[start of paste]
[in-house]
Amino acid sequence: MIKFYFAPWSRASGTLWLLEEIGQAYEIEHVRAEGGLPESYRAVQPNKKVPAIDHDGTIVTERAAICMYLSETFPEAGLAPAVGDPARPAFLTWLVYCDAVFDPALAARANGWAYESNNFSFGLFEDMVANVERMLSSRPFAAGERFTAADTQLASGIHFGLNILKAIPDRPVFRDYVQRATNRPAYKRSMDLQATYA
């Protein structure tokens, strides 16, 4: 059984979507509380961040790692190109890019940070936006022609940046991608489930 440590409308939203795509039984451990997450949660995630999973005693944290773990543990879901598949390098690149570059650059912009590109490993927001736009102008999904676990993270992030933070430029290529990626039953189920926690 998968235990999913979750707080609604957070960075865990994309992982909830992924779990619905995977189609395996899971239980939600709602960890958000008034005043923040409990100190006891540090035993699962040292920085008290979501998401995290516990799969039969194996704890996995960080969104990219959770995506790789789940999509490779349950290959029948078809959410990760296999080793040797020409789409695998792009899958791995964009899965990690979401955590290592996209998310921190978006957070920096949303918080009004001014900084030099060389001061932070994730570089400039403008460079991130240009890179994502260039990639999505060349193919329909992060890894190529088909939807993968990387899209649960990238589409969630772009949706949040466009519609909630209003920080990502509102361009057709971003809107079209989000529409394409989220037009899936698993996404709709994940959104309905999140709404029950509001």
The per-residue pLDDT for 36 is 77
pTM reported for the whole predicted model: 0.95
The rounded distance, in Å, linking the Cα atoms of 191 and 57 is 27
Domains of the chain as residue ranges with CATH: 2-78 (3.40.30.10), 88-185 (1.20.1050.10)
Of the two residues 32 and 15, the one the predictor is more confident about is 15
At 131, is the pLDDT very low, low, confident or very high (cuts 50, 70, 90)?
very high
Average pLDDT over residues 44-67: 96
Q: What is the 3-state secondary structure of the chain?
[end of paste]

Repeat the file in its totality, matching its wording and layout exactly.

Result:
[in-house]
Amino acid sequence: MIKFYFAPWSRASGTLWLLEEIGQAYEIEHVRAEGGLPESYRAVQPNKKVPAIDHDGTIVTERAAICMYLSETFPEAGLAPAVGDPARPAFLTWLVYCDAVFDPALAARANGWAYESNNFSFGLFEDMVANVERMLSSRPFAAGERFTAADTQLASGIHFGLNILKAIPDRPVFRDYVQRATNRPAYKRSMDLQATYA
């Protein structure tokens, strides 16, 4: 059984979507509380961040790692190109890019940070936006022609940046991608489930 440590409308939203795509039984451990997450949660995630999973005693944290773990543990879901598949390098690149570059650059912009590109490993927001736009102008999904676990993270992030933070430029290529990626039953189920926690 998968235990999913979750707080609604957070960075865990994309992982909830992924779990619905995977189609395996899971239980939600709602960890958000008034005043923040409990100190006891540090035993699962040292920085008290979501998401995290516990799969039969194996704890996995960080969104990219959770995506790789789940999509490779349950290959029948078809959410990760296999080793040797020409789409695998792009899958791995964009899965990690979401955590290592996209998310921190978006957070920096949303918080009004001014900084030099060389001061932070994730570089400039403008460079991130240009890179994502260039990639999505060349193919329909992060890894190529088909939807993968990387899209649960990238589409969630772009949706949040466009519609909630209003920080990502509102361009057709971003809107079209989000529409394409989220037009899936698993996404709709994940959104309905999140709404029950509001």
The per-residue pLDDT for 36 is 77
pTM reported for the whole predicted model: 0.95
The rounded distance, in Å, linking the Cα atoms of 191 and 57 is 27
Domains of the chain as residue ranges with CATH: 2-78 (3.40.30.10), 88-185 (1.20.1050.10)
Of the two residues 32 and 15, the one the predictor is more confident about is 15
At 131, is the pLDDT very low, low, confident or very high (cuts 50, 70, 90)?
very high
Average pLDDT over residues 44-67: 96
Q: What is the 3-state secondary structure of the chain?